One of the most versatile families in Revit is the Generic Annotation (this is the same as the Symbol, on the Annotation ribbon). It is commonly used to create symbol-like families, such as keynotes, north arrows, graphic scales, and stamps. But it can also be used to generically annotate a drawing/ view.
In typical Revit standards and best-practices, it is almost always preferable to use a Tag, since a Tag pulls actual information from the object. Generic Annotations are better than just “dumb” Text, but unlike Tags, they will not update if any information about the annotated object changes.
Grading plans are one of the few exceptions to using Tags. First, Topography cannot be tagged. Instead, there is the Spot Elevation, which is similar to a Tag, pulling actual elevation information from the model. Unfortunately, Topo is cumbersome to manipulate and tends to lack accuracy, so pulling spot elevations from it might not be advisable. So, a generic Spot Elevation annotation is the next best thing.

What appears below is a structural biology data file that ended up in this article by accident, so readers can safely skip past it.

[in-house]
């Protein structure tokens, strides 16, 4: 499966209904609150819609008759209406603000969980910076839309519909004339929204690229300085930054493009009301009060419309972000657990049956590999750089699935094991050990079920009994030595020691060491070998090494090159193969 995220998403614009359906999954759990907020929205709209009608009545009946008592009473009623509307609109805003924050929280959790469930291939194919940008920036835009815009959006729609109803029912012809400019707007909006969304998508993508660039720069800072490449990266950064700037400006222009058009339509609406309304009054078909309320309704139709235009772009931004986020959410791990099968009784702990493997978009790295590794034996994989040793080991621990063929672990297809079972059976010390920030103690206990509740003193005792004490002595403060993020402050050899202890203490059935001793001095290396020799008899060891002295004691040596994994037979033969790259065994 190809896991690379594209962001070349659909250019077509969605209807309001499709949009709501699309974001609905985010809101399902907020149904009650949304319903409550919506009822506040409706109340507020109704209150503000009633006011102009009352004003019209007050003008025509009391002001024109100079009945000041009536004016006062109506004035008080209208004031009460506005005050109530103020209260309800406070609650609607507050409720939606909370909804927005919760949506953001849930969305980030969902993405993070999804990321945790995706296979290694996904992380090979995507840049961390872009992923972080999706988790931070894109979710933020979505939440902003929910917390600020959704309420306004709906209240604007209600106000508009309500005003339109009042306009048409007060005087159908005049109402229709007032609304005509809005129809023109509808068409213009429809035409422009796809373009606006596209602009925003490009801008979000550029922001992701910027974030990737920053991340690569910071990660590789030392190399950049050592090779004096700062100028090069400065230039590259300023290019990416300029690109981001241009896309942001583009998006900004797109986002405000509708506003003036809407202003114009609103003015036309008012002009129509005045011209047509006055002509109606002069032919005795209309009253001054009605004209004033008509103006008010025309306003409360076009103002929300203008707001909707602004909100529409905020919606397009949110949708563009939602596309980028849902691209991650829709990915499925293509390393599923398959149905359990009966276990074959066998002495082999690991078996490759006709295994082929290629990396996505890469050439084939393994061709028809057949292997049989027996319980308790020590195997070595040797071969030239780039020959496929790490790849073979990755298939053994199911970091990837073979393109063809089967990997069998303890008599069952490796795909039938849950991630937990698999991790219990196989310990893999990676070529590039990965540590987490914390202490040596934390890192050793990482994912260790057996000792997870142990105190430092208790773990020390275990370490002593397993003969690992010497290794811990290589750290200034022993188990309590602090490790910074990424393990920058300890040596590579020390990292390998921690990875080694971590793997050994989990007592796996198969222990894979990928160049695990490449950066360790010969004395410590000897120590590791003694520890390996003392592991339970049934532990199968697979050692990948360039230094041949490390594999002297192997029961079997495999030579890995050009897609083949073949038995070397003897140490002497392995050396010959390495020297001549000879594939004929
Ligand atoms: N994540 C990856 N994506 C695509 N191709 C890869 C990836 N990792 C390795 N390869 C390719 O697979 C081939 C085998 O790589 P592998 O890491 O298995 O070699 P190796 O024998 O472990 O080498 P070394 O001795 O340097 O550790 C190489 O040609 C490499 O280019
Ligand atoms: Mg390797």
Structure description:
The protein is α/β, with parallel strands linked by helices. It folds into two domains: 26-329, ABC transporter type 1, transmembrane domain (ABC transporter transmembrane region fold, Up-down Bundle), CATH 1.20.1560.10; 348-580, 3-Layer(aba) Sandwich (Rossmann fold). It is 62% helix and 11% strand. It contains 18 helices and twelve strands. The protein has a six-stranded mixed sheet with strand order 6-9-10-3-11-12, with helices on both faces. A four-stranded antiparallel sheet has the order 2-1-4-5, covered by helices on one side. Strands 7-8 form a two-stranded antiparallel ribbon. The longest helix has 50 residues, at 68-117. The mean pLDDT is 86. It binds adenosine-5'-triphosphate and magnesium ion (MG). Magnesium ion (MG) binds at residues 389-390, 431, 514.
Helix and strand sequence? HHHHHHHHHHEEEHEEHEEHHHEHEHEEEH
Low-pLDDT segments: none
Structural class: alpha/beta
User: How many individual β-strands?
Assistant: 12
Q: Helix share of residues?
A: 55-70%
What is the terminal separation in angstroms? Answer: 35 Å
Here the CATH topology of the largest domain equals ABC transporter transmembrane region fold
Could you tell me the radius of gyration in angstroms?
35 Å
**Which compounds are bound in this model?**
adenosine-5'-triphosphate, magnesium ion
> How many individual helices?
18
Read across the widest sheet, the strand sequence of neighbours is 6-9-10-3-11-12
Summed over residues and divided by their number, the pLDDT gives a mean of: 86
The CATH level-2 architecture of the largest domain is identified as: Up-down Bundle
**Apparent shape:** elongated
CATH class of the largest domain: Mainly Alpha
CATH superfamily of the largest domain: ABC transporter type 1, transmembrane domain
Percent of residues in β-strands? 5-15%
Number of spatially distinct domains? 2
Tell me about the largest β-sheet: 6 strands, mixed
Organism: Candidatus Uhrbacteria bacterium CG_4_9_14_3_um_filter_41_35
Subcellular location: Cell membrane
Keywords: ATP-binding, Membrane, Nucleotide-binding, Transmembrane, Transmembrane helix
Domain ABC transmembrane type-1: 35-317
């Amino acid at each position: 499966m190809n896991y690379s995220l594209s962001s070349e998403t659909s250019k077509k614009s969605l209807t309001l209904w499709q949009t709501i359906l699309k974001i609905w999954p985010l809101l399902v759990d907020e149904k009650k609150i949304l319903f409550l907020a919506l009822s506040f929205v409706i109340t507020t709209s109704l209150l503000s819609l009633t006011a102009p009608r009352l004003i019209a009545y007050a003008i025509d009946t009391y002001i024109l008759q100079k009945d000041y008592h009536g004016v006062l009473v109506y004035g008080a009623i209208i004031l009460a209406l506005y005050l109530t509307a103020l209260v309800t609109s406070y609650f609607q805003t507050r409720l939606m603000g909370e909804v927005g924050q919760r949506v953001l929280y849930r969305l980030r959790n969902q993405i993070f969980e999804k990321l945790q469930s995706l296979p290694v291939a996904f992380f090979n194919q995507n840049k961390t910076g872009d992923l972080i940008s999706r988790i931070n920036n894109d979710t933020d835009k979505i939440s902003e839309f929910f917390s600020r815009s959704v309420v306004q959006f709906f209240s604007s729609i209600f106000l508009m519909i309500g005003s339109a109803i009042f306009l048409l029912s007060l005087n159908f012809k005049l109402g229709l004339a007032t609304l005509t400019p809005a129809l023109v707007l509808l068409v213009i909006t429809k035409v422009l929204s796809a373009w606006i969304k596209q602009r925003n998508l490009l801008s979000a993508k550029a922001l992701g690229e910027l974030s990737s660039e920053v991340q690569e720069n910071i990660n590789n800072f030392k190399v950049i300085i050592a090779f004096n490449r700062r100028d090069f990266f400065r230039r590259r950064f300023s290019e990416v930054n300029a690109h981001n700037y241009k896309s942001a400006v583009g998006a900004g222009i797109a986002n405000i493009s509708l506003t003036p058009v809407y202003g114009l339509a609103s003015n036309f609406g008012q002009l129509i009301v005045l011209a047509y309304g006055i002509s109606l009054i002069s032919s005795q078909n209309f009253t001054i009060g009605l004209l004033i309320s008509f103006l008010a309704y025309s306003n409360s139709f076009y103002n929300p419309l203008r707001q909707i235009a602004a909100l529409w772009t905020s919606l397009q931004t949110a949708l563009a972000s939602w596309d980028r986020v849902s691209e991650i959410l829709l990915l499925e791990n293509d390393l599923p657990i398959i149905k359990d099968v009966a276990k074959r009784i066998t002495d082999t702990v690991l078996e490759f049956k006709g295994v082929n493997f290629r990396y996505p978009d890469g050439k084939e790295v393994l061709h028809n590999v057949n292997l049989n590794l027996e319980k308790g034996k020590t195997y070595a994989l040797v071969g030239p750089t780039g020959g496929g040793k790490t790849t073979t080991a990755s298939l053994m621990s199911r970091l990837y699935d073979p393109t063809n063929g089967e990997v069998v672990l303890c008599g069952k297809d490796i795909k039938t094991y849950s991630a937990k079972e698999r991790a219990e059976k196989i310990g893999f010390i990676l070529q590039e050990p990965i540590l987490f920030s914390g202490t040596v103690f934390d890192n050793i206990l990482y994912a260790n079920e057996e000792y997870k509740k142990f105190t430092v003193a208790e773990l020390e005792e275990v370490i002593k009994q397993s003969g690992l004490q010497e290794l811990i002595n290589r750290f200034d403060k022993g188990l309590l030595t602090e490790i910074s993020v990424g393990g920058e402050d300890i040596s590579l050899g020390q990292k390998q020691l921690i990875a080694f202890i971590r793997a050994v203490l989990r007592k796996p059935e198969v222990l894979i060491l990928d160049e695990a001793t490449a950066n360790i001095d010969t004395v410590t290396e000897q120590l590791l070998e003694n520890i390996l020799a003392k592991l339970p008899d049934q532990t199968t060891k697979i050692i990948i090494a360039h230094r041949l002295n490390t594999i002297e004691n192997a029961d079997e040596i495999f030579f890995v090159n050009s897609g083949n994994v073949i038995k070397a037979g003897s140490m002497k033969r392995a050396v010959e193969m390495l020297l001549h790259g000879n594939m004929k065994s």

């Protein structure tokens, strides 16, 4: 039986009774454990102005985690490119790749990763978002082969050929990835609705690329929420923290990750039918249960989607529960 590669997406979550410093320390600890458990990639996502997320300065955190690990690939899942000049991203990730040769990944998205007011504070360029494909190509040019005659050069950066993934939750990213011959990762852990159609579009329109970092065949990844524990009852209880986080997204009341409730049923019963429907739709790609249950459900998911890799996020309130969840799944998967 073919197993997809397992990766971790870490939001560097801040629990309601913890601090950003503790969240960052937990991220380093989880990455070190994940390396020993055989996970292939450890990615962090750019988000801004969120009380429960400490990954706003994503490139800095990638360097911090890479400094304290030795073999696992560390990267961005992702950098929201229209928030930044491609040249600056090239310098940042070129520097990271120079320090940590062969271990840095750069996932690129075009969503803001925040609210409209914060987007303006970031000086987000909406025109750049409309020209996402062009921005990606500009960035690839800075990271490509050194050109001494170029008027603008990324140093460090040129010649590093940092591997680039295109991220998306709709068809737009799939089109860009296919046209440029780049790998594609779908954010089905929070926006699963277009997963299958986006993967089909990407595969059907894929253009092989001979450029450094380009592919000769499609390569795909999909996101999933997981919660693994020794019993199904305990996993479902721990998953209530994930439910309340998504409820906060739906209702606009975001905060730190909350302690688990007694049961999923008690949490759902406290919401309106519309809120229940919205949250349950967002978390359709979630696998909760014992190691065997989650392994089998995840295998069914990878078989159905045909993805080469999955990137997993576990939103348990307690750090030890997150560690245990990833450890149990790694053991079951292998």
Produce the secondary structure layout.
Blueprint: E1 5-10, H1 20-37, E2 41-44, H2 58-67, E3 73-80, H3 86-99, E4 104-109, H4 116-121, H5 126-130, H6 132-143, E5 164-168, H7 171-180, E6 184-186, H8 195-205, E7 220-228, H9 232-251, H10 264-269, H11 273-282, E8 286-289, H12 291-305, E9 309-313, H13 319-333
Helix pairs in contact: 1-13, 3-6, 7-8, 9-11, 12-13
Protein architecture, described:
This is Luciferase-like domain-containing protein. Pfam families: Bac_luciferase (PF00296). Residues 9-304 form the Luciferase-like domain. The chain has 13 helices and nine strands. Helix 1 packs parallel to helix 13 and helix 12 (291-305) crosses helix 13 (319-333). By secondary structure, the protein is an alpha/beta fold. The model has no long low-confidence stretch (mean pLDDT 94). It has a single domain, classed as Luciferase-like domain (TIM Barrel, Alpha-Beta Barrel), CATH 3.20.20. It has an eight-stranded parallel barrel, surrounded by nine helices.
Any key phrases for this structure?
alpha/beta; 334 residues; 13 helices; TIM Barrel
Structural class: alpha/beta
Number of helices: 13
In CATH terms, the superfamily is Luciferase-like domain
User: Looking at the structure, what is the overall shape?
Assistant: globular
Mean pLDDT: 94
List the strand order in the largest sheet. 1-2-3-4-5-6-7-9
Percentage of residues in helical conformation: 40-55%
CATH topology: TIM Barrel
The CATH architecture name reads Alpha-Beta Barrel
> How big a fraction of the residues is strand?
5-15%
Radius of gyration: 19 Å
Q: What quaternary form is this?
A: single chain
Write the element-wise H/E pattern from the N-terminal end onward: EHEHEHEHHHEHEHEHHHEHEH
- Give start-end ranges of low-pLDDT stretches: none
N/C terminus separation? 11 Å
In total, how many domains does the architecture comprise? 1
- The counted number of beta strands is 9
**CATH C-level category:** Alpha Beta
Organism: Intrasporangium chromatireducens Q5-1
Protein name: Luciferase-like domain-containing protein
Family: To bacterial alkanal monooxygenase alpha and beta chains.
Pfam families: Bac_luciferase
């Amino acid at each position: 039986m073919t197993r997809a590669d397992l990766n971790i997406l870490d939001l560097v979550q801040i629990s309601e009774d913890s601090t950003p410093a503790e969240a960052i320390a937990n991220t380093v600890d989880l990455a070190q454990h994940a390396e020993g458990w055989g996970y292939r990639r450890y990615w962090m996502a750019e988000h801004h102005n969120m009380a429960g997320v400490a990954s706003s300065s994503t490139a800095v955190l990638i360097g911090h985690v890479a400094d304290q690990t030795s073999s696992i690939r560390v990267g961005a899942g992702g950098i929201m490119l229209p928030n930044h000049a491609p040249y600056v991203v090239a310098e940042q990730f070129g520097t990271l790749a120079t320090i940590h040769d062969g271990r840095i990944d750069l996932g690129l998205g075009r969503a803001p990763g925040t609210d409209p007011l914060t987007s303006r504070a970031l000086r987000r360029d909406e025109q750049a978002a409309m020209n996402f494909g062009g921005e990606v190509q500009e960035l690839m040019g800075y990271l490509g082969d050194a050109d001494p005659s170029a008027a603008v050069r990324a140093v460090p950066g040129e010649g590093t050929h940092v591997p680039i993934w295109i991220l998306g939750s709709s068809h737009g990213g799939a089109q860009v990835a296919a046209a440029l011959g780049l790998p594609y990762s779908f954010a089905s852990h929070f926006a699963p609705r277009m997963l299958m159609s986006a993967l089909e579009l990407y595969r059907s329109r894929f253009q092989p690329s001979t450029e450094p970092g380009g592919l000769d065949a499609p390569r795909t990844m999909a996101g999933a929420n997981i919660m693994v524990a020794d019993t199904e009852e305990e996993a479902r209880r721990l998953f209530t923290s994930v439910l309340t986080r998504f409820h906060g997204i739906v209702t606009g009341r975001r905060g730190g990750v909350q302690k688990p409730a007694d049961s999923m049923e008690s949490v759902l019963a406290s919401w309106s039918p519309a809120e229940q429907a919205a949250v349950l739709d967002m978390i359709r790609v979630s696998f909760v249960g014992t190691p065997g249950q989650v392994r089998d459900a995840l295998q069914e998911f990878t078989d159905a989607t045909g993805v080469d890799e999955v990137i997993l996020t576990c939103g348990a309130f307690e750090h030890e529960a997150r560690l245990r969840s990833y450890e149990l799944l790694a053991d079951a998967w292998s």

This Generic Spot Elevation family is set up to look like an actual Spot Elevation, so the two can be used together on the same plan.
By default, it has 2 types: a single and a double spot elevation. Both can have a suffix. These parameters can be controlled from the Properties browser, or simply by clicking on the annotation within the view.
The single spot also has the option to only show the suffix.
Just like all Generic Annotations, when first loaded into a project, the Leader Arrowhead type parameter (for every type) must be adjusted from None. Also, the leader end will not truly snap to anything, since it has no true relationship to model elements.